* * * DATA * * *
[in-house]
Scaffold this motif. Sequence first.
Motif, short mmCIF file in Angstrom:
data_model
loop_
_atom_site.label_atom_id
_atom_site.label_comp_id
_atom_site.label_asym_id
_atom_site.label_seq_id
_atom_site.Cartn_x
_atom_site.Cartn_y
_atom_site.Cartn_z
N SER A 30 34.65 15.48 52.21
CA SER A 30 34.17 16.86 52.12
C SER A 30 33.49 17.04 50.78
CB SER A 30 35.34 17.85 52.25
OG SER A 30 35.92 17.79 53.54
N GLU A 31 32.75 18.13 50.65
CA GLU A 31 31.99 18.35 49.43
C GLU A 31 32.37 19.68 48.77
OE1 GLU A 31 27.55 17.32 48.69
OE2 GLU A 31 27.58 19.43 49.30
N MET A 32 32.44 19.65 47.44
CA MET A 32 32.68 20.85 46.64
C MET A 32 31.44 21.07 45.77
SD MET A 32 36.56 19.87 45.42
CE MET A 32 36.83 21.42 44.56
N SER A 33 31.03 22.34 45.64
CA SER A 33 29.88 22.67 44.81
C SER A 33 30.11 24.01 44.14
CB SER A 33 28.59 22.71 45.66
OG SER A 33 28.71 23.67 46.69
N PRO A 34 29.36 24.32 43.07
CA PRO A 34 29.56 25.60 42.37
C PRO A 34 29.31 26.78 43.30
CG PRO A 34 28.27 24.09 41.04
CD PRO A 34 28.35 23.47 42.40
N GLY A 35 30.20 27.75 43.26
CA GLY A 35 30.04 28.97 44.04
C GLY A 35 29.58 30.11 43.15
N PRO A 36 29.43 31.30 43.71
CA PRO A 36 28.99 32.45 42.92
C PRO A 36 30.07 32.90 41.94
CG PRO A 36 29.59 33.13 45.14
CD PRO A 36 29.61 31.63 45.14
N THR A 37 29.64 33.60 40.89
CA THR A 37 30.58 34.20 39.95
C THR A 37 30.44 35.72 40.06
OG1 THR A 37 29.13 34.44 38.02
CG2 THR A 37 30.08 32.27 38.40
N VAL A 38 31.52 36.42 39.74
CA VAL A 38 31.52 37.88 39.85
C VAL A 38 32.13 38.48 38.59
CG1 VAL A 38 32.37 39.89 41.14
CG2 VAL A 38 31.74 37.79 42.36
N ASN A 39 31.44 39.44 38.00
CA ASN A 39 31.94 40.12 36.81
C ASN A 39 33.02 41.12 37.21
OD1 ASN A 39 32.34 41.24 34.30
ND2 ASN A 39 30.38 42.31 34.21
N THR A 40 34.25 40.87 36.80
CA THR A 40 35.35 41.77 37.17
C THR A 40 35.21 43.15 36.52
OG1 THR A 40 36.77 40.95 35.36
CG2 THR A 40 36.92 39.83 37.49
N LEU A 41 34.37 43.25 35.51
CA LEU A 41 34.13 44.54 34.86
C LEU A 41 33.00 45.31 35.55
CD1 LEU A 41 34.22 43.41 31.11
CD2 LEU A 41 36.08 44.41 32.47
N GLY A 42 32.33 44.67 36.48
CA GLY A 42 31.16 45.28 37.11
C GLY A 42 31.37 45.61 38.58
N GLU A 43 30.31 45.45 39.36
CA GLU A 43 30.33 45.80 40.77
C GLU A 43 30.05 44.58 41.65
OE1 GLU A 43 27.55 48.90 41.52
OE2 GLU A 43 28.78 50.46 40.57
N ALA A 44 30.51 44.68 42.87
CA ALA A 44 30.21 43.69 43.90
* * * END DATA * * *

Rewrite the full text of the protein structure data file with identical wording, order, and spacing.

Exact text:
[in-house]
Scaffold this motif. Sequence first.
Motif, short mmCIF file in Angstrom:
data_model
loop_
_atom_site.label_atom_id
_atom_site.label_comp_id
_atom_site.label_asym_id
_atom_site.label_seq_id
_atom_site.Cartn_x
_atom_site.Cartn_y
_atom_site.Cartn_z
N SER A 30 34.65 15.48 52.21
CA SER A 30 34.17 16.86 52.12
C SER A 30 33.49 17.04 50.78
CB SER A 30 35.34 17.85 52.25
OG SER A 30 35.92 17.79 53.54
N GLU A 31 32.75 18.13 50.65
CA GLU A 31 31.99 18.35 49.43
C GLU A 31 32.37 19.68 48.77
OE1 GLU A 31 27.55 17.32 48.69
OE2 GLU A 31 27.58 19.43 49.30
N MET A 32 32.44 19.65 47.44
CA MET A 32 32.68 20.85 46.64
C MET A 32 31.44 21.07 45.77
SD MET A 32 36.56 19.87 45.42
CE MET A 32 36.83 21.42 44.56
N SER A 33 31.03 22.34 45.64
CA SER A 33 29.88 22.67 44.81
C SER A 33 30.11 24.01 44.14
CB SER A 33 28.59 22.71 45.66
OG SER A 33 28.71 23.67 46.69
N PRO A 34 29.36 24.32 43.07
CA PRO A 34 29.56 25.60 42.37
C PRO A 34 29.31 26.78 43.30
CG PRO A 34 28.27 24.09 41.04
CD PRO A 34 28.35 23.47 42.40
N GLY A 35 30.20 27.75 43.26
CA GLY A 35 30.04 28.97 44.04
C GLY A 35 29.58 30.11 43.15
N PRO A 36 29.43 31.30 43.71
CA PRO A 36 28.99 32.45 42.92
C PRO A 36 30.07 32.90 41.94
CG PRO A 36 29.59 33.13 45.14
CD PRO A 36 29.61 31.63 45.14
N THR A 37 29.64 33.60 40.89
CA THR A 37 30.58 34.20 39.95
C THR A 37 30.44 35.72 40.06
OG1 THR A 37 29.13 34.44 38.02
CG2 THR A 37 30.08 32.27 38.40
N VAL A 38 31.52 36.42 39.74
CA VAL A 38 31.52 37.88 39.85
C VAL A 38 32.13 38.48 38.59
CG1 VAL A 38 32.37 39.89 41.14
CG2 VAL A 38 31.74 37.79 42.36
N ASN A 39 31.44 39.44 38.00
CA ASN A 39 31.94 40.12 36.81
C ASN A 39 33.02 41.12 37.21
OD1 ASN A 39 32.34 41.24 34.30
ND2 ASN A 39 30.38 42.31 34.21
N THR A 40 34.25 40.87 36.80
CA THR A 40 35.35 41.77 37.17
C THR A 40 35.21 43.15 36.52
OG1 THR A 40 36.77 40.95 35.36
CG2 THR A 40 36.92 39.83 37.49
N LEU A 41 34.37 43.25 35.51
CA LEU A 41 34.13 44.54 34.86
C LEU A 41 33.00 45.31 35.55
CD1 LEU A 41 34.22 43.41 31.11
CD2 LEU A 41 36.08 44.41 32.47
N GLY A 42 32.33 44.67 36.48
CA GLY A 42 31.16 45.28 37.11
C GLY A 42 31.37 45.61 38.58
N GLU A 43 30.31 45.45 39.36
CA GLU A 43 30.33 45.80 40.77
C GLU A 43 30.05 44.58 41.65
OE1 GLU A 43 27.55 48.90 41.52
OE2 GLU A 43 28.78 50.46 40.57
N ALA A 44 30.51 44.68 42.87
CA ALA A 44 30.21 43.69 43.90